A jury ruled against Walmart after it abruptly fired a longtime employee with Down syndrome.
Fifty-five-year-old Marlo Spaeth had worked at Walmart for nearly two decades; according to an interview with CNBC, she received immense satisfaction from her position. In 2015, she struggled to adjust to a change Walmart made to her work schedule.
Spaeth requested an adjustment to her start and end times. In response, the retail giant fired her.
Her sister and legal guardian, Amy Jo Stevenson, said that Spaeth quickly “receded into a shell” and lost the sense of purpose she got from the job at the Walmart Supercenter in Manitowoc, where she had thrived on interacting with customers.
Spaeth, 55, stopped coming to the phone, and would cover her face when someone wanted to take her photo. And when a Walmart commercial came on TV, or when a company truck drove by, she buried her head in her hands.
“Why me? Why did they do this to me?” Spaeth repeatedly asked her sister.
“It was nothing short of traumatic,” Stevenson said… “It was hard, very difficult to watch.”
However, Spaeth won her six-year legal battle with Walmart earlier this month — as well as $150,000 in damages. Meanwhile, Walmart was ordered to pay $125,000,000 in punitive damages — which was later scaled back to $300,000 by the presiding judge.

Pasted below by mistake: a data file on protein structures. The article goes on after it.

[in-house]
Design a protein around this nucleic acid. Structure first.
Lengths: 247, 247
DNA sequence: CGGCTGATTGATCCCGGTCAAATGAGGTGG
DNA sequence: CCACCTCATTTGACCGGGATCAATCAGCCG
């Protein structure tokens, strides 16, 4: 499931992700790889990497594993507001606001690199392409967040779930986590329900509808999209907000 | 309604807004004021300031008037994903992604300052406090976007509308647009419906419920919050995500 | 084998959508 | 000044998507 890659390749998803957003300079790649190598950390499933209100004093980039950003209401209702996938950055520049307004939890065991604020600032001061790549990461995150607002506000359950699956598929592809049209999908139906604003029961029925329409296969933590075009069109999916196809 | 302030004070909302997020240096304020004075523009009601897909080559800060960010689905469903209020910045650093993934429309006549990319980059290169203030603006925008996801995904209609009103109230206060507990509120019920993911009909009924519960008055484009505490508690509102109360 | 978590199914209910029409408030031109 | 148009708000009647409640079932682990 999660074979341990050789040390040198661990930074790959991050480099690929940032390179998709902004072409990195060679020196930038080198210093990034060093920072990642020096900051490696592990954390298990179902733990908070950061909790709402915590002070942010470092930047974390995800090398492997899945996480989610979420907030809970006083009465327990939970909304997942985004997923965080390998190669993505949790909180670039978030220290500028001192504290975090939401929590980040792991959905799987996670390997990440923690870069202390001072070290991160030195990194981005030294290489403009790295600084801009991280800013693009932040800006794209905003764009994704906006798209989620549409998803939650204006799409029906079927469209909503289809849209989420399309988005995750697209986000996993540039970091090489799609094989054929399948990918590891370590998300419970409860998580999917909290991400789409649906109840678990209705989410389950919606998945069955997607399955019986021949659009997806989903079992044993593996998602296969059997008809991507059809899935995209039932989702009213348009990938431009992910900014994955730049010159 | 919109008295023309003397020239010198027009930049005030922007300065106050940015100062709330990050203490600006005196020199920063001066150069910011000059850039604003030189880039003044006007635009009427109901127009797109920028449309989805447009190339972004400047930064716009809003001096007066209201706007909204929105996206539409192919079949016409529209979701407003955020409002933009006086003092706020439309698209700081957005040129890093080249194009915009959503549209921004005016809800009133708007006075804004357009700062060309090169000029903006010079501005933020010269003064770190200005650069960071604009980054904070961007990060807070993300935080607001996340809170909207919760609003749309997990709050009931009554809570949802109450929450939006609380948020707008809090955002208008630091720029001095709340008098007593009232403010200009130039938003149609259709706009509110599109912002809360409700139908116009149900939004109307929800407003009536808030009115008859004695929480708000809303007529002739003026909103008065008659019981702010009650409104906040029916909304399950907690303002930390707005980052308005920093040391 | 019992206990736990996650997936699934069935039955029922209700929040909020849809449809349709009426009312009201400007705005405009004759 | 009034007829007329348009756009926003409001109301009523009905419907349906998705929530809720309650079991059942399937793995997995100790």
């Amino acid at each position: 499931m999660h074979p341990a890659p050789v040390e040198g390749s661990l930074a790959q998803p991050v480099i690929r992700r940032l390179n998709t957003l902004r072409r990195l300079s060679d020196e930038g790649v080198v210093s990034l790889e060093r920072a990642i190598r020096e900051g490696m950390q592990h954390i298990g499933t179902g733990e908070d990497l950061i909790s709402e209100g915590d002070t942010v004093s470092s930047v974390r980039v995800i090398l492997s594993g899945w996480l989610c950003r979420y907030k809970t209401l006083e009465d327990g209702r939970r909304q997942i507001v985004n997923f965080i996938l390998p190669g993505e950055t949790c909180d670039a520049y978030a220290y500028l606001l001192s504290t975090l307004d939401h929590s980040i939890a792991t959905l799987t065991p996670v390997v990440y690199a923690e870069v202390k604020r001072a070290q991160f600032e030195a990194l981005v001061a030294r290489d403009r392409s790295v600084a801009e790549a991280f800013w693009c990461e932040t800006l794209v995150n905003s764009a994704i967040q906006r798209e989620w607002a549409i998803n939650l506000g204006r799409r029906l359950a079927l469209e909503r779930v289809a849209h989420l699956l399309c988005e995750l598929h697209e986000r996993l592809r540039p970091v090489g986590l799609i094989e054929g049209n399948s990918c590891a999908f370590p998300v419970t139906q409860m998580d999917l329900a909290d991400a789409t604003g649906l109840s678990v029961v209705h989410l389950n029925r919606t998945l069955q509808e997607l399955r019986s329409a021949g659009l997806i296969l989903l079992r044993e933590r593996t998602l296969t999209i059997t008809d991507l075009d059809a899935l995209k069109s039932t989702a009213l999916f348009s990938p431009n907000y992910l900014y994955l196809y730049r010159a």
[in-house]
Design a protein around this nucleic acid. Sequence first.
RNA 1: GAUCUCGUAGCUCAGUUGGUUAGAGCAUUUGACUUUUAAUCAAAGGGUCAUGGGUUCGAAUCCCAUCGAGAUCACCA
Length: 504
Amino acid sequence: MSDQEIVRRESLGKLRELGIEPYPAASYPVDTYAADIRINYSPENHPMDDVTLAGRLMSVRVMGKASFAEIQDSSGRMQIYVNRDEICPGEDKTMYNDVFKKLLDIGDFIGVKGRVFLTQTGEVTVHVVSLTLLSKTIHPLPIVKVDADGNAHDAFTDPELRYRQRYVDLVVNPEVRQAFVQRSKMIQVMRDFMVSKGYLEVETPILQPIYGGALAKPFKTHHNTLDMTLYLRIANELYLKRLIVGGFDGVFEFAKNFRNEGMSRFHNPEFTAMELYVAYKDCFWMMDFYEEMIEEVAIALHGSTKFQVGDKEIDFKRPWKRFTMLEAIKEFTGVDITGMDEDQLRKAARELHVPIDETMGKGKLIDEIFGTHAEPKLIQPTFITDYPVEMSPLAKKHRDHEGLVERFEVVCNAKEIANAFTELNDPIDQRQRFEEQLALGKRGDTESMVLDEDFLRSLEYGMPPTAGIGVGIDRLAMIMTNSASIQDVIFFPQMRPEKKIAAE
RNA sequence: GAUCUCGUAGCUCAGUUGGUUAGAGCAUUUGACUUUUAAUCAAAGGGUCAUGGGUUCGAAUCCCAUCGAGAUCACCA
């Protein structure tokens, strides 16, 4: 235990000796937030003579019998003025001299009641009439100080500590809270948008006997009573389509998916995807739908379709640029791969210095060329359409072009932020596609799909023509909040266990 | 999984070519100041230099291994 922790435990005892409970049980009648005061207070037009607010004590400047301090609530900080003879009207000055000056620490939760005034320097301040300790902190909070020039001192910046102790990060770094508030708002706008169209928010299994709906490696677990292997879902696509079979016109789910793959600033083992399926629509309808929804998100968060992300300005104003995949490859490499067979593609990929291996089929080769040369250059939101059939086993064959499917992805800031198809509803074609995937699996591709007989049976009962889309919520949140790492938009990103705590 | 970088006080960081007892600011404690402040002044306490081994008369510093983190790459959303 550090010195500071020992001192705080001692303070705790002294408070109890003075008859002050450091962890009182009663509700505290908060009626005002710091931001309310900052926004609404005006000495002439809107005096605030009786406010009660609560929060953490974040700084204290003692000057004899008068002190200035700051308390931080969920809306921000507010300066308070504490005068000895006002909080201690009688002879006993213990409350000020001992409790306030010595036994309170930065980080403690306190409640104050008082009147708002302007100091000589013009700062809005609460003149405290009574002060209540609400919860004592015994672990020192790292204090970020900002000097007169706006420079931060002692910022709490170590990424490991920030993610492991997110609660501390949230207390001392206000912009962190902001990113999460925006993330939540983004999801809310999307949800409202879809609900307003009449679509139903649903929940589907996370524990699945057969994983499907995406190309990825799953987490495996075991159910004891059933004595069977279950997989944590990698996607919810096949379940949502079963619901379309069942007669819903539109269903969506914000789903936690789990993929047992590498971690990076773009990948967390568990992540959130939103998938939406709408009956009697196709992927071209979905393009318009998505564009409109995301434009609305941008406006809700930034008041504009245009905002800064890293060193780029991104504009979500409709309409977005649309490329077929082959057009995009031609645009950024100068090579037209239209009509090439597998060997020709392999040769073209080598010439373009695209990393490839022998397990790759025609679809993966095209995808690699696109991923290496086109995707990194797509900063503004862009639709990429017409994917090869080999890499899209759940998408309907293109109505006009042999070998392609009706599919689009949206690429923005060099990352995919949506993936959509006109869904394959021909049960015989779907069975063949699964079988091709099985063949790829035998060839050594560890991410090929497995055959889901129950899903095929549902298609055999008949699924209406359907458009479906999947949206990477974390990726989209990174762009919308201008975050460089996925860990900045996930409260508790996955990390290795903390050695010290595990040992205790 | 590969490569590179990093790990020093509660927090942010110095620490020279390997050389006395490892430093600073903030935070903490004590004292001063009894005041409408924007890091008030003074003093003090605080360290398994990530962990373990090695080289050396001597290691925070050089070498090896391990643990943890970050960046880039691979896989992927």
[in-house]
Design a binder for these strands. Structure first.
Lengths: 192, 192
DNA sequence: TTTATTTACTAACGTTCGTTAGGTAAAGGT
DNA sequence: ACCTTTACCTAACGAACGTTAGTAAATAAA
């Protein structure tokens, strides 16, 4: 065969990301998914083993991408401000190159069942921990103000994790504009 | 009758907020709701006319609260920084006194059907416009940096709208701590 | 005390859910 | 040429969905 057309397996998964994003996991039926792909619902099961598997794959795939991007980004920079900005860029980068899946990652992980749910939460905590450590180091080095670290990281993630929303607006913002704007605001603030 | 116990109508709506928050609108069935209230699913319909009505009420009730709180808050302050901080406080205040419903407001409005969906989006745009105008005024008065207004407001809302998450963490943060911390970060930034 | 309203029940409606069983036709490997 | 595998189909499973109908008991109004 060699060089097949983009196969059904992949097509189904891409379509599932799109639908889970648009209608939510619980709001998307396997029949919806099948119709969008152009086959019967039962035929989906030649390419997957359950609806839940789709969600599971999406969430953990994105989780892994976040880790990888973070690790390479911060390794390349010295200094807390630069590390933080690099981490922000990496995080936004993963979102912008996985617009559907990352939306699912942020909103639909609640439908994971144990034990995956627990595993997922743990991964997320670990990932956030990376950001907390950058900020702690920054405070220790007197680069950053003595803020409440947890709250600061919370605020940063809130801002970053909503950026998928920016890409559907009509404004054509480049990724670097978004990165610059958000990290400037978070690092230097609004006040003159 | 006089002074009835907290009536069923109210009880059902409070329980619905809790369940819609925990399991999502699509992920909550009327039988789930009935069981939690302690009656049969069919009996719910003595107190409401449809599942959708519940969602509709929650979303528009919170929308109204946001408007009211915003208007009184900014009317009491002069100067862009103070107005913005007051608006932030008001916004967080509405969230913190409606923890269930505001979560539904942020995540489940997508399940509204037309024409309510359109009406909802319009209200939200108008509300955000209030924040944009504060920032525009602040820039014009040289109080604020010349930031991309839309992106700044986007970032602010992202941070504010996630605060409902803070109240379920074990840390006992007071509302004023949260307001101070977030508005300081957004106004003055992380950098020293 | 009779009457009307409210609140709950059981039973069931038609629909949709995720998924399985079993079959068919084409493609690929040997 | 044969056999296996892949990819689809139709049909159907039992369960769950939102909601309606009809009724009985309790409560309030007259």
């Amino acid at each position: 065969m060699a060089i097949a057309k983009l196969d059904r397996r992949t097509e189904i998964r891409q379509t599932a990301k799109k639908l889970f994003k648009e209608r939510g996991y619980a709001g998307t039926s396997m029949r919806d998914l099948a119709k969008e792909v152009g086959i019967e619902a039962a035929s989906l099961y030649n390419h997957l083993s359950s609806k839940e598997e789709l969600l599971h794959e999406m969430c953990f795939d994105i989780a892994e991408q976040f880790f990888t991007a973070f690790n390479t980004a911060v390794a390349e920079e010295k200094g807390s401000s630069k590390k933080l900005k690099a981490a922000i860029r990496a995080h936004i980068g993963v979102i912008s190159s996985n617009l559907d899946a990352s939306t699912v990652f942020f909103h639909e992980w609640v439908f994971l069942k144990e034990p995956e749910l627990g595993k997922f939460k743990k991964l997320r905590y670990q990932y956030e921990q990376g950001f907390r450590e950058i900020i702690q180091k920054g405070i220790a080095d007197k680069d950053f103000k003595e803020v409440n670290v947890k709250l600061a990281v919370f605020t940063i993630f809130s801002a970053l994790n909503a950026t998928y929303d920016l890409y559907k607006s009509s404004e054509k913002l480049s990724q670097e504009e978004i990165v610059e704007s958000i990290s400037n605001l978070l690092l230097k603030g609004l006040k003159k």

According to the United States Equal Employment Opportunity Commission:
Spaeth had worked for the company for approximately 16 years and had consistently received positive performance evaluations from her managers, according to evidence presented at trial. The jury also found that Walmart turned down Spaeth’s later request to be rehired because of her disability or because of their need to accommodate her disability.
Such alleged conduct violates the Americans with Disabilities Act (ADA), which prohibits discrimination based on an employee’s disability. The EEOC filed its lawsuit (EEOC v. Walmart Stores East LP, in the U.S. District Court for the Eastern District of Wisconsin, Case No. 17-cv-70) after first attempting to reach a pre-litigation settlement through its voluntary conciliation process.
“The substantial jury verdict in this case sends a strong message to employers that disability discrimination is unacceptable in our nation’s workplaces,” said EEOC Chair Charlotte Burrows in a press release. “All of those who come forward to ensure the right to a workplace free of discrimination do a service to our nation. Thank you to them and to my colleagues at the EEOC whose excellent work investigating and litigating the case made this important verdict possible.”
According to the Department of Labor, the Americans with Disabilities Act “prohibits discrimination against people with disabilities and guarantees equal opportunities for individuals with disabilities in employment, transportation, public accommodations, state and local government services, and telecommunications.”